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MS and Cannabis

Cannabis for Multiple Sclerosis

Treating MS With Medical Marijuana

Posted by DanaSmith on Sunday Nov 20, 2016
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Cannabis for Multiple Sclerosis




Multiple sclerosis, also known as MS, is a chronic disease that has no cure. Once you have MS, you have it for life; it affects the spinal cord, brain, and optic nerves. MS can cause problems with basic bodily functions including muscle control, balance, and vision. MS affects people differently to varying degrees. Some have mild symptoms and don’t need treatment while others have to live with more debilitating symptoms of MS that make it difficult to perform basic tasks, greatly reducing their quality of life.



MS occurs when the immune system attacks myelin, a fatty material that protects the nerve fibers. Because of the absence of myelin, nerves are damaged and sometimes this can cause the growth of scar tissue. When the nerves are damaged, the brain is unable to send signals throughout the body. Nerves don’t work properly and this can cause tingling and numbness, chronic fatigue, difficulty walking, spasms, muscle weakness, depression, pain, difficulty remembering, and poor bladder control.



Pharmaceutical medications are prescribed to slow down the effects of MS. Steroids can also shorten MS attacks and make them less severe; other kinds of medicines include tranquilizers and muscle relaxants. However, MS medications often come with side effects such as mood disorders, changing a woman’s menstrual cycle, cause chest pain, rapid heart rate, fatigue, nausea, pain, and diarrhea among others.



But there is hope with cannabis: more people are discovering just how effective the plant is in managing the symptoms of MS.



How Cannabis Treats MS



Analgesic: Almost everyone with MS has to cope with extreme pain which is caused by pressure on the musculoskeletal system, muscle spasms, or inflammation. Pain treatment is one of the most widely recognized therapeutic benefits of cannabis. In a 2005 study, medicine with cannabis delivered sublingually was effective in treating sleep disorders and reducing pain among people with MS. Other studies also confirmed that even smoked cannabis is beneficial in reducing pain caused by MS. Cannabis is so useful in treating MS pain symptoms by addressing the immune response, reducing inflammation, and decreases muscoskeletal pain. A 2007 study also showed that THC is more beneficial in reducing MS pain than CBD as well as dronabinol which is a synthetic version of THC.




Anti-inflammatory: Inflammation in the neural tissue is a defining characteristic of MS. Inflammation occurs since the central nervous system is attacked by the immune system. The myelin becomes inflamed before it eventually becomes damaged beyond repair, and this is when the symptoms of MS begin to manifest itself. Cannabis is well-known for its anti-inflammatory properties and has actually been used for thousands of years in cultures around the world for this exact purpose since inflammation is the root cause of dozens of illnesses. In one animal study, mice who were bred to be lacking CB1 receptor showed that they were more prone to neurodegeneration and inflammation when they were injected with an animal version of MS called experimental allergic encephalomyelitis.



Antispasmodic: Another common feature of MS is the presence of muscle spasms, which are involuntary and usually sudden contractions of the muscles. Spasms may be accompanied by extreme, sharp pain that eventually disappears.  Cannabis has been shown to be effective in decreasing the frequency and severity of muscle spasms in MS. A 2007 study showed that cannabis was more beneficial in treating muscle spasms than placebo. Cannabis is useful for treating muscle spasms because it addresses inflammation and can slow down the progression of MS.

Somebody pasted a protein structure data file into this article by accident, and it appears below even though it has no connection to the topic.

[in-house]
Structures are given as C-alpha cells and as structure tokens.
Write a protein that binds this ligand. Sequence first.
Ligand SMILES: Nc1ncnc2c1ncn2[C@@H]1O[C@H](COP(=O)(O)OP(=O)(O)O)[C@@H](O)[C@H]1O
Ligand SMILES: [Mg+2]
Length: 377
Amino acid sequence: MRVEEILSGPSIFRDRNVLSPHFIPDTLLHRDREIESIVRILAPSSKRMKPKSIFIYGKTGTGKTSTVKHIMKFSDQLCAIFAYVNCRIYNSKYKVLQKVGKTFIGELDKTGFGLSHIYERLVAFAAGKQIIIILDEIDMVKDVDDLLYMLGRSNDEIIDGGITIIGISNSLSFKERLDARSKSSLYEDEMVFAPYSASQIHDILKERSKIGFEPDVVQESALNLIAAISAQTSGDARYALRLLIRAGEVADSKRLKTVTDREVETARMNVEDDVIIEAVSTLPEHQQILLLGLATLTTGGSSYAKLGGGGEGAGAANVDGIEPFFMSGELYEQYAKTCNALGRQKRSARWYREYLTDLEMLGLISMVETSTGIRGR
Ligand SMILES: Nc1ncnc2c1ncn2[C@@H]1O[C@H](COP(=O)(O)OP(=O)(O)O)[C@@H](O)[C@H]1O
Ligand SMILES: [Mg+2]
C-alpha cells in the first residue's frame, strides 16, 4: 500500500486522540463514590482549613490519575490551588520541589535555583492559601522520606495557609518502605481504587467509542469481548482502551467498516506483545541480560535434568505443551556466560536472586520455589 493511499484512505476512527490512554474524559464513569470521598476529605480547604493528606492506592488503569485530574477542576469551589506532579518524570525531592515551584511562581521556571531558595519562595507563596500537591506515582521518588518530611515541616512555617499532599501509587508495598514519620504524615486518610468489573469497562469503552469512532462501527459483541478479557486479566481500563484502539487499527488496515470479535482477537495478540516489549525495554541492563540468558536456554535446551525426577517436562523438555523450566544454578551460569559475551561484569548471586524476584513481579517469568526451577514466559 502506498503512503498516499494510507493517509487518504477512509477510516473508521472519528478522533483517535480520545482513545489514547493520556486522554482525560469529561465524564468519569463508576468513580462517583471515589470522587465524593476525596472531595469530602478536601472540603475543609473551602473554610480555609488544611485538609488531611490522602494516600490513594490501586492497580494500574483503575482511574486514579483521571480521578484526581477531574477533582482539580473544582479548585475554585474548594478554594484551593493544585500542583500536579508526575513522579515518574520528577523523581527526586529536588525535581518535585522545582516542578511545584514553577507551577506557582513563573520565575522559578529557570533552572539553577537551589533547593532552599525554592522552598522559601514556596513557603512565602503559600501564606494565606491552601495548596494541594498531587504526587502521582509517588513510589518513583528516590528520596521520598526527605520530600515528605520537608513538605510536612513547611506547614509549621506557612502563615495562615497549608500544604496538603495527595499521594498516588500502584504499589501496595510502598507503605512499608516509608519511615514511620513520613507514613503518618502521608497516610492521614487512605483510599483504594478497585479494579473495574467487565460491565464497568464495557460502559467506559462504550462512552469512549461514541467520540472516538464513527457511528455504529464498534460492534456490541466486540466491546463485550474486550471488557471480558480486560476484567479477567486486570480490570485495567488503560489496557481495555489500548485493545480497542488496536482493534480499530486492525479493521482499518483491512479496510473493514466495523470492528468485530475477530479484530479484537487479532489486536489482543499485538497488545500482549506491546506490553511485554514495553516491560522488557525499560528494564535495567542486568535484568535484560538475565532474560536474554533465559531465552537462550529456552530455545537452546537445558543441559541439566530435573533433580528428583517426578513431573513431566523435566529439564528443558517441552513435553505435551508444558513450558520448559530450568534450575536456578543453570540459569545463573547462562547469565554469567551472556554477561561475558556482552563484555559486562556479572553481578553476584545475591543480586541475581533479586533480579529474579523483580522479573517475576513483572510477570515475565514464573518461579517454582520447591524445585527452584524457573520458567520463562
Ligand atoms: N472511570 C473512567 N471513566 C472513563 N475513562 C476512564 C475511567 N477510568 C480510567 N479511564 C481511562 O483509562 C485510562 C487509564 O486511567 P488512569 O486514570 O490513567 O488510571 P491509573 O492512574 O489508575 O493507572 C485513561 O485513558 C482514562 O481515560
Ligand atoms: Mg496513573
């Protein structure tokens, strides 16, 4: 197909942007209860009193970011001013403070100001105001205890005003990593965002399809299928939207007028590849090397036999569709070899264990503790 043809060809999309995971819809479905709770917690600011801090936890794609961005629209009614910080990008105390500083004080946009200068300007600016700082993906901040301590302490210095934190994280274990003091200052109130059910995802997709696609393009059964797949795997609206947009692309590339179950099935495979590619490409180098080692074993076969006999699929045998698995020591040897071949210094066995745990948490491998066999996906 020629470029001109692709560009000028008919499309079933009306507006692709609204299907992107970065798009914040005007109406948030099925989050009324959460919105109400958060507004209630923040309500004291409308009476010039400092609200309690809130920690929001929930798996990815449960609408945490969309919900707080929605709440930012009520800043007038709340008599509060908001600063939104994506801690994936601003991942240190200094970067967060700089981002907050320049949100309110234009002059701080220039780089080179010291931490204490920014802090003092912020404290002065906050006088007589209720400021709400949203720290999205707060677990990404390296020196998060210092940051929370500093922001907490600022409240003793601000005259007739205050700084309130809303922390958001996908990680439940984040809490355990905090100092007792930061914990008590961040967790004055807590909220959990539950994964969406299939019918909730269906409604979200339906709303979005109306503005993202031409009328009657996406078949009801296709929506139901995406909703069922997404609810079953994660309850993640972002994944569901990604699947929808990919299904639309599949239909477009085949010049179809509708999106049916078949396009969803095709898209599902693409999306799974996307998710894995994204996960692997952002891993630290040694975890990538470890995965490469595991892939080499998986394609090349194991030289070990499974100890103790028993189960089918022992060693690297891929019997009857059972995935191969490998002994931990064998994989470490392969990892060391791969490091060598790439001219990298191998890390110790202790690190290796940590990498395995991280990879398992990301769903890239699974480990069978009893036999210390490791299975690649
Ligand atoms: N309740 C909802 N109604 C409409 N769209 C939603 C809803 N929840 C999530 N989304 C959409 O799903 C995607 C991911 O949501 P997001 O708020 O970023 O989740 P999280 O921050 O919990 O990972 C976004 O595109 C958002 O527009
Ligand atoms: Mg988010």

Antidepressant:  Many people diagnosed with MS suffer from depression because the disease also affects the nerves that help to regulate moods. Depression also occurs as a side effect of many MS medications. Cannabis’ antidepressant properties have been recognized since antiquity, and now we have a better understanding why: the human endocannabinoid system is vital for regulating our moods and happiness. Certain endocannabinoids such as anandamides are also critical for this. A study in the UK revealed that 90% of 112 participants with MS reported that cannabis use eased symptoms of emotional dysfunction and reduced depression. In fact, the anti-depressant properties of cannabis are so well-known that many have also started referring to it as the green Prozac. Another study conducted just last year showed that stress caused a decline in cannabis-like molecules that naturally occur in the brain which caused symptoms that mimicked depression.



Abdominal problems: MS patients often suffer from gastrointestinal problems including constipation, abdominal pain, and incontinence. These symptoms are not just an inconvenience but they can also be embarrassing.  A 2008 study revealed that up to 60% of participants reported a decrease in the urge to defecate when they took cannabis, 44% reported a decline in incontinence and 30% reported an reduction in defecation. Cannabis is known to be helpful in addressing gut functions because many of the cannabinoid receptors of the peripheral nervous system play a role in this.



There are thousands of case studies of people who have been able to regain control of their life, resumed work, and was able to enjoy quality of life again after using cannabis to address MS. 



Have you or a loved one used cannabis for MS? Share your experience with us in the comments below.












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